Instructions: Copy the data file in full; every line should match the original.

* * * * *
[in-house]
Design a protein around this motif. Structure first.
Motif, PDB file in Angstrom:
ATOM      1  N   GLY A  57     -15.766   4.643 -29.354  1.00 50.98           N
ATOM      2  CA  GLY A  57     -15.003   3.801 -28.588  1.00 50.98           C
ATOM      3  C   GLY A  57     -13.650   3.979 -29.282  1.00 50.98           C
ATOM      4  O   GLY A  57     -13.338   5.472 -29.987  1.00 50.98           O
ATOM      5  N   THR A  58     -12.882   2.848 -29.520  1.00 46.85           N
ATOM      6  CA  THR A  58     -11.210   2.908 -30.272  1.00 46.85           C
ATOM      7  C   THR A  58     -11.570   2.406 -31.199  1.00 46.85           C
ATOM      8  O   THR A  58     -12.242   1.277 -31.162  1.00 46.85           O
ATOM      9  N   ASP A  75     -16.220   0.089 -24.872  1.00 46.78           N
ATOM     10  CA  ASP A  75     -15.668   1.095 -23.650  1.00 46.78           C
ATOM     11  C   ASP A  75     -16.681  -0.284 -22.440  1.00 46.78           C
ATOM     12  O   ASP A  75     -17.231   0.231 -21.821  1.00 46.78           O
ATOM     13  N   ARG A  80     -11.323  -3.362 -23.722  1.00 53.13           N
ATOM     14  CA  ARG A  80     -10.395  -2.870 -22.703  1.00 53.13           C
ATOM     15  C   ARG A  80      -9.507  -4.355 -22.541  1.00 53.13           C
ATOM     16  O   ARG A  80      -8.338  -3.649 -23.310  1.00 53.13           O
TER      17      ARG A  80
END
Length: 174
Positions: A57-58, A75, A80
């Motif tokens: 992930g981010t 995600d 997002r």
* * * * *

[in-house]
Design a protein around this motif. Structure first.
Motif, PDB file in Angstrom:
ATOM      1  N   GLY A  57     -15.766   4.643 -29.354  1.00 50.98           N
ATOM      2  CA  GLY A  57     -15.003   3.801 -28.588  1.00 50.98           C
ATOM      3  C   GLY A  57     -13.650   3.979 -29.282  1.00 50.98           C
ATOM      4  O   GLY A  57     -13.338   5.472 -29.987  1.00 50.98           O
ATOM      5  N   THR A  58     -12.882   2.848 -29.520  1.00 46.85           N
ATOM      6  CA  THR A  58     -11.210   2.908 -30.272  1.00 46.85           C
ATOM      7  C   THR A  58     -11.570   2.406 -31.199  1.00 46.85           C
ATOM      8  O   THR A  58     -12.242   1.277 -31.162  1.00 46.85           O
ATOM      9  N   ASP A  75     -16.220   0.089 -24.872  1.00 46.78           N
ATOM     10  CA  ASP A  75     -15.668   1.095 -23.650  1.00 46.78           C
ATOM     11  C   ASP A  75     -16.681  -0.284 -22.440  1.00 46.78           C
ATOM     12  O   ASP A  75     -17.231   0.231 -21.821  1.00 46.78           O
ATOM     13  N   ARG A  80     -11.323  -3.362 -23.722  1.00 53.13           N
ATOM     14  CA  ARG A  80     -10.395  -2.870 -22.703  1.00 53.13           C
ATOM     15  C   ARG A  80      -9.507  -4.355 -22.541  1.00 53.13           C
ATOM     16  O   ARG A  80      -8.338  -3.649 -23.310  1.00 53.13           O
TER      17      ARG A  80
END
Length: 174
Positions: A57-58, A75, A80
């Motif tokens: 992930g981010t 995600d 997002r």